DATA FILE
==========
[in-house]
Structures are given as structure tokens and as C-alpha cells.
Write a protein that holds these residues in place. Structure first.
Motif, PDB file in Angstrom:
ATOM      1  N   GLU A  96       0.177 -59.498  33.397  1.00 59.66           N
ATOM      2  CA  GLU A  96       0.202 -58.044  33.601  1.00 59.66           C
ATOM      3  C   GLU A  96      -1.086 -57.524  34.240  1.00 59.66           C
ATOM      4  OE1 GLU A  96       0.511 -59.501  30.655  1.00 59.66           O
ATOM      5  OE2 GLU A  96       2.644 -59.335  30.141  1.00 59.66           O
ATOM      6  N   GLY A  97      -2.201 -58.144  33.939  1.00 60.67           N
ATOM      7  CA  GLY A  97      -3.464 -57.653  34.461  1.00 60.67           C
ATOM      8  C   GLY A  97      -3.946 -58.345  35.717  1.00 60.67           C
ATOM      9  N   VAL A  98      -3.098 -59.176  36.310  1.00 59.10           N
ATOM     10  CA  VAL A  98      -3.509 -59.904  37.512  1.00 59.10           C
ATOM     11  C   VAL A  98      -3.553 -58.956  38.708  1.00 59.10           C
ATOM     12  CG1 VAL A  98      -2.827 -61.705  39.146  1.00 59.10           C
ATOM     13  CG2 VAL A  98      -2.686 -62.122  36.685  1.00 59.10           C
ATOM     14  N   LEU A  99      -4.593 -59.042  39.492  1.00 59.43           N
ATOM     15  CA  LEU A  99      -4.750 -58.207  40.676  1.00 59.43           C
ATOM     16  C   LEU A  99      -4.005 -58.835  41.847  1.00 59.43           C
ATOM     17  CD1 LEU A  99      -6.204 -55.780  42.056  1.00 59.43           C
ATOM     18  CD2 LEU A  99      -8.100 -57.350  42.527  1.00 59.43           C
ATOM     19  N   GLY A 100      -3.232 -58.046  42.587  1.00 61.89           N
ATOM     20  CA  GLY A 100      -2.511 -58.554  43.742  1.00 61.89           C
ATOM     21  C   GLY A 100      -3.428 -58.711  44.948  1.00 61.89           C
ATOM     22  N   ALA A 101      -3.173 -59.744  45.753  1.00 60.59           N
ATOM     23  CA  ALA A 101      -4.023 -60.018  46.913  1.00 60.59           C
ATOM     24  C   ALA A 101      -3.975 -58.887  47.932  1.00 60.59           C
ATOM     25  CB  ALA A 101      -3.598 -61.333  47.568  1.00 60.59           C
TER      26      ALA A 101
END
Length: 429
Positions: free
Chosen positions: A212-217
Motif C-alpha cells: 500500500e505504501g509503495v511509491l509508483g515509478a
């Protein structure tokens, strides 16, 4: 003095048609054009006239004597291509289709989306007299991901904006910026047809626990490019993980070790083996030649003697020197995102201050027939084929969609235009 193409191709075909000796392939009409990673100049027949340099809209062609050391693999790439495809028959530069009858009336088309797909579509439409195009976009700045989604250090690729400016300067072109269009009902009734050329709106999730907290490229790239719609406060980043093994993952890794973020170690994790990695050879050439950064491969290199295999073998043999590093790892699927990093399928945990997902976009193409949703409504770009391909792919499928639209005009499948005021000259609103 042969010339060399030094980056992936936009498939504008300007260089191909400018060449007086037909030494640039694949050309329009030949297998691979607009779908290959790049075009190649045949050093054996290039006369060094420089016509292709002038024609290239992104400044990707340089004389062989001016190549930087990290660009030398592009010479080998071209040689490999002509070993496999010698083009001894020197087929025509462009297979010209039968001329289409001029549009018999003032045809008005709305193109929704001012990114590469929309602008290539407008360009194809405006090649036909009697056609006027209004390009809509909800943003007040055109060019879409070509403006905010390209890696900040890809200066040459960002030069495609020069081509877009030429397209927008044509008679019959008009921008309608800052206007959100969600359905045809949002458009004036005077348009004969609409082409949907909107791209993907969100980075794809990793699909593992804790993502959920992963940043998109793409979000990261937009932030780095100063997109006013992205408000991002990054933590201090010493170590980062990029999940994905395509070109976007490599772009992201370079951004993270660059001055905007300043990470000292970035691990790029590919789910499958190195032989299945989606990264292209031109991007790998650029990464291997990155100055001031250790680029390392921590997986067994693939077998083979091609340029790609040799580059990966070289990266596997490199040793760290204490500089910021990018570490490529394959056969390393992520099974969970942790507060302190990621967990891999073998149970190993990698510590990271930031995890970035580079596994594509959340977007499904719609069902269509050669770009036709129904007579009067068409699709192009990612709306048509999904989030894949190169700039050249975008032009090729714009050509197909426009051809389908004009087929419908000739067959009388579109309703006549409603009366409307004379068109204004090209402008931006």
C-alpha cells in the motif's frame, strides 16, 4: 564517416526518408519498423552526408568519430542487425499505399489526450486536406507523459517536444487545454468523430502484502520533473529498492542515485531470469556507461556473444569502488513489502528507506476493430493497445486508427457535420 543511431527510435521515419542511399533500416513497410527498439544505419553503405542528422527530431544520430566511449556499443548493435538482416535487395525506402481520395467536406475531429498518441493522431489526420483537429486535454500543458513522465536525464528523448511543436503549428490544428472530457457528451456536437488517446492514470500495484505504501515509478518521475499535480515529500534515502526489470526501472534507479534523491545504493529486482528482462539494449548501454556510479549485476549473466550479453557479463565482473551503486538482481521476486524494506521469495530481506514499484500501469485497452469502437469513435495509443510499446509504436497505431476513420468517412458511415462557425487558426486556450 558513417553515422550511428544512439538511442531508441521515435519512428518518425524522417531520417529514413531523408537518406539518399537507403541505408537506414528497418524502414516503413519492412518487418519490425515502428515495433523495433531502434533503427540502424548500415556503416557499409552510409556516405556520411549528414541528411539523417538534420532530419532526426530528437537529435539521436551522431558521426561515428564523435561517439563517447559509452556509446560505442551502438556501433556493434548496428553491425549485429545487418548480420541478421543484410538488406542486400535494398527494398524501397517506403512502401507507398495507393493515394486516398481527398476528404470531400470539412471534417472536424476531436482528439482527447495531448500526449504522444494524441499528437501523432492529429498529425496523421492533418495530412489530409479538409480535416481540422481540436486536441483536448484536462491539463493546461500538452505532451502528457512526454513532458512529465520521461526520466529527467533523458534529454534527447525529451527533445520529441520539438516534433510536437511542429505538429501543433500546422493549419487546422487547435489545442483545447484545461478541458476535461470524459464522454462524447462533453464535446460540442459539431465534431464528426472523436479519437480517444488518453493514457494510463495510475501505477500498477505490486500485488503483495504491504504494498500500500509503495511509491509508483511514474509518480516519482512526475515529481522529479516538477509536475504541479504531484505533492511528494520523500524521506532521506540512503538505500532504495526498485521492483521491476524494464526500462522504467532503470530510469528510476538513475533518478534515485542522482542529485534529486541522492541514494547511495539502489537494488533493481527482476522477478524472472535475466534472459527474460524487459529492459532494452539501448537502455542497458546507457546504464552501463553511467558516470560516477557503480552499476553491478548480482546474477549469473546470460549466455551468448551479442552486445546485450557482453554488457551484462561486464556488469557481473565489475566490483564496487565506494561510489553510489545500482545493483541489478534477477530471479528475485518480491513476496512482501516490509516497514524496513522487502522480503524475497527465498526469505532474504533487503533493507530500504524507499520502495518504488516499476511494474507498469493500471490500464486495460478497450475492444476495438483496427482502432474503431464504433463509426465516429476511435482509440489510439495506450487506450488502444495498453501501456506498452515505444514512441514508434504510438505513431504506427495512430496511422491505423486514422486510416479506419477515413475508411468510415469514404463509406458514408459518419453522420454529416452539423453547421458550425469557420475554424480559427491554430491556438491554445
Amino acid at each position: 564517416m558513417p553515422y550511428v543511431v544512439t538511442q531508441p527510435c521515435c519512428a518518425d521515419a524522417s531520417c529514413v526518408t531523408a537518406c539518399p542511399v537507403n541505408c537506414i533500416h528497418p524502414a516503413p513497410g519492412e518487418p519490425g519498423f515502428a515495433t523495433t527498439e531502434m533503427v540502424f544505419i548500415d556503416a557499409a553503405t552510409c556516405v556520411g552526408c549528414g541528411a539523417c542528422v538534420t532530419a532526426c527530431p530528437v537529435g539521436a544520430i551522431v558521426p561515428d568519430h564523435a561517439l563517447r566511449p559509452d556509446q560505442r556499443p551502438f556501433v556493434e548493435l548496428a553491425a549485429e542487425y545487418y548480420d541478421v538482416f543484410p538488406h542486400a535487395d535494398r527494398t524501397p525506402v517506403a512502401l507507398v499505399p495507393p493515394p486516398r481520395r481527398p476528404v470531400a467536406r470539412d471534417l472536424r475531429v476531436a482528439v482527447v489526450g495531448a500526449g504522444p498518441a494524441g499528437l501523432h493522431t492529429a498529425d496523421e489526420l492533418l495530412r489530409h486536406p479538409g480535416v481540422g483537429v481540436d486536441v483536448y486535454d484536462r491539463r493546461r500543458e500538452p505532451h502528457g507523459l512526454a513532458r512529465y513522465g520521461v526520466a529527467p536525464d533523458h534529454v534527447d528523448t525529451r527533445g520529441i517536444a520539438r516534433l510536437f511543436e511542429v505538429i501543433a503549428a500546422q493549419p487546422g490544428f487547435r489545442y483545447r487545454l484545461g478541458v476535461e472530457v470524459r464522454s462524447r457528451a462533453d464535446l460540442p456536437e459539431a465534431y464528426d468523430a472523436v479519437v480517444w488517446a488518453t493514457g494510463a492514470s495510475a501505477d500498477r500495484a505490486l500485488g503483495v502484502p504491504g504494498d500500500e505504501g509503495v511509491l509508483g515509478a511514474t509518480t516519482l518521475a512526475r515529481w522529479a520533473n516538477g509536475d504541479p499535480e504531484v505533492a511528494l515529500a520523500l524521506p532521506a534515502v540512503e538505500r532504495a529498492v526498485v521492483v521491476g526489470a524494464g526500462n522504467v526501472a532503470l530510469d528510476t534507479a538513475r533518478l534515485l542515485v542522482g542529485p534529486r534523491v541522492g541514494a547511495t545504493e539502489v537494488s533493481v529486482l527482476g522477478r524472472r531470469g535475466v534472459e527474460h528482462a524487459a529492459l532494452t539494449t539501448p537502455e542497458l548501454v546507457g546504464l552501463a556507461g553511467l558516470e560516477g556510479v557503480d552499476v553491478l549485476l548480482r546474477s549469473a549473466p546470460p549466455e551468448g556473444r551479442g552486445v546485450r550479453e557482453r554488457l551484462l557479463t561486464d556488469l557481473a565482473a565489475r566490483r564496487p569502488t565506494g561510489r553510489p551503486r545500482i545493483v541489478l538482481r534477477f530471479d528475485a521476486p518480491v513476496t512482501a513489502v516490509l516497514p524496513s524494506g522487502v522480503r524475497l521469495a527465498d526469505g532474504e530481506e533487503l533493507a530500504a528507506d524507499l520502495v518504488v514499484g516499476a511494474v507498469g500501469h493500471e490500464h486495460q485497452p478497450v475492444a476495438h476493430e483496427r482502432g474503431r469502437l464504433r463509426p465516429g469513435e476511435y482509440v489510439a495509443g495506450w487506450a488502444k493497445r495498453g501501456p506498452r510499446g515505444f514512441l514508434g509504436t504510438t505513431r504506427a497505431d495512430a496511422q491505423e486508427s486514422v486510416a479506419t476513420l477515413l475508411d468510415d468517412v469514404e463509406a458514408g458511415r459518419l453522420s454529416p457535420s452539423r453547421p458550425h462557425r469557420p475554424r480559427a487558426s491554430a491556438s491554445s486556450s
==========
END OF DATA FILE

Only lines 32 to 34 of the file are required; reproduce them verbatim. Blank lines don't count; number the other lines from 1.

Length: 429
Positions: free
Chosen positions: A212-217